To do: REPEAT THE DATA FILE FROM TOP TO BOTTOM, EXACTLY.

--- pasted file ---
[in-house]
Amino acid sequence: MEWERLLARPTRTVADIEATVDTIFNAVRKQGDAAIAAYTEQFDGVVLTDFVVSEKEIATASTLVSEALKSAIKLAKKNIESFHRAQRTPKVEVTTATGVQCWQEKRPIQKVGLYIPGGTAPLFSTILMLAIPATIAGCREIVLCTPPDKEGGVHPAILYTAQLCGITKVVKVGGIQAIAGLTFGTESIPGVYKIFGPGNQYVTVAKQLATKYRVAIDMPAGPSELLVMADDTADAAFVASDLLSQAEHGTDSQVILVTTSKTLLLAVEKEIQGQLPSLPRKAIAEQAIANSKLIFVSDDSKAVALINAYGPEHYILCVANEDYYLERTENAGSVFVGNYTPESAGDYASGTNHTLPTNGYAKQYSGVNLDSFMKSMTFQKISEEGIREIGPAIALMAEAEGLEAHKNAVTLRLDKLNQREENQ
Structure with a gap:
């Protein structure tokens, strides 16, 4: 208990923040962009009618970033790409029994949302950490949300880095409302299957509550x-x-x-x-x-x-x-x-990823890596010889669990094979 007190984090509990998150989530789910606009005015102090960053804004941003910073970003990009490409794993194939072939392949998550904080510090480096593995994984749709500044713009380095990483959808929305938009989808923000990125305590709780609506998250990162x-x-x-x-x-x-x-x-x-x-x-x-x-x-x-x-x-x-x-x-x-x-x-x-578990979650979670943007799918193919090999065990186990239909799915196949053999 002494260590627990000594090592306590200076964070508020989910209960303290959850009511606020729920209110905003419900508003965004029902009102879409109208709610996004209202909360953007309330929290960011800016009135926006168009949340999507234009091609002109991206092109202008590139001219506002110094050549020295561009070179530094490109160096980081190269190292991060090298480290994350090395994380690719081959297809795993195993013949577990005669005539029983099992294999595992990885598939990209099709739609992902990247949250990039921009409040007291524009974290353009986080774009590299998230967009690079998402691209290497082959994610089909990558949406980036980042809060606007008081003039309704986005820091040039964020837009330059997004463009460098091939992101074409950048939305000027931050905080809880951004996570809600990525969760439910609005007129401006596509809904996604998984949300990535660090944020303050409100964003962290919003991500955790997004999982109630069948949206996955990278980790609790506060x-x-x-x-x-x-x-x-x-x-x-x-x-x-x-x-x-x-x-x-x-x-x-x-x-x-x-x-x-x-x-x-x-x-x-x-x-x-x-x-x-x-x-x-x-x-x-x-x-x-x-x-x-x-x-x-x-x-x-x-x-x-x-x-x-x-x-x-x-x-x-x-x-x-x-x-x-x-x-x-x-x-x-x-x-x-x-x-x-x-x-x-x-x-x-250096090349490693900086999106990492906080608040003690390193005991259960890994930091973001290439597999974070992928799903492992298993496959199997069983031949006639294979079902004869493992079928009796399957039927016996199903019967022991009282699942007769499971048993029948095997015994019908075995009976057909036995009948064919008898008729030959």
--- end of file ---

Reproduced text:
[in-house]
Amino acid sequence: MEWERLLARPTRTVADIEATVDTIFNAVRKQGDAAIAAYTEQFDGVVLTDFVVSEKEIATASTLVSEALKSAIKLAKKNIESFHRAQRTPKVEVTTATGVQCWQEKRPIQKVGLYIPGGTAPLFSTILMLAIPATIAGCREIVLCTPPDKEGGVHPAILYTAQLCGITKVVKVGGIQAIAGLTFGTESIPGVYKIFGPGNQYVTVAKQLATKYRVAIDMPAGPSELLVMADDTADAAFVASDLLSQAEHGTDSQVILVTTSKTLLLAVEKEIQGQLPSLPRKAIAEQAIANSKLIFVSDDSKAVALINAYGPEHYILCVANEDYYLERTENAGSVFVGNYTPESAGDYASGTNHTLPTNGYAKQYSGVNLDSFMKSMTFQKISEEGIREIGPAIALMAEAEGLEAHKNAVTLRLDKLNQREENQ
Structure with a gap:
């Protein structure tokens, strides 16, 4: 208990923040962009009618970033790409029994949302950490949300880095409302299957509550x-x-x-x-x-x-x-x-990823890596010889669990094979 007190984090509990998150989530789910606009005015102090960053804004941003910073970003990009490409794993194939072939392949998550904080510090480096593995994984749709500044713009380095990483959808929305938009989808923000990125305590709780609506998250990162x-x-x-x-x-x-x-x-x-x-x-x-x-x-x-x-x-x-x-x-x-x-x-x-578990979650979670943007799918193919090999065990186990239909799915196949053999 002494260590627990000594090592306590200076964070508020989910209960303290959850009511606020729920209110905003419900508003965004029902009102879409109208709610996004209202909360953007309330929290960011800016009135926006168009949340999507234009091609002109991206092109202008590139001219506002110094050549020295561009070179530094490109160096980081190269190292991060090298480290994350090395994380690719081959297809795993195993013949577990005669005539029983099992294999595992990885598939990209099709739609992902990247949250990039921009409040007291524009974290353009986080774009590299998230967009690079998402691209290497082959994610089909990558949406980036980042809060606007008081003039309704986005820091040039964020837009330059997004463009460098091939992101074409950048939305000027931050905080809880951004996570809600990525969760439910609005007129401006596509809904996604998984949300990535660090944020303050409100964003962290919003991500955790997004999982109630069948949206996955990278980790609790506060x-x-x-x-x-x-x-x-x-x-x-x-x-x-x-x-x-x-x-x-x-x-x-x-x-x-x-x-x-x-x-x-x-x-x-x-x-x-x-x-x-x-x-x-x-x-x-x-x-x-x-x-x-x-x-x-x-x-x-x-x-x-x-x-x-x-x-x-x-x-x-x-x-x-x-x-x-x-x-x-x-x-x-x-x-x-x-x-x-x-x-x-x-x-x-250096090349490693900086999106990492906080608040003690390193005991259960890994930091973001290439597999974070992928799903492992298993496959199997069983031949006639294979079902004869493992079928009796399957039927016996199903019967022991009282699942007769499971048993029948095997015994019908075995009976057909036995009948064919008898008729030959």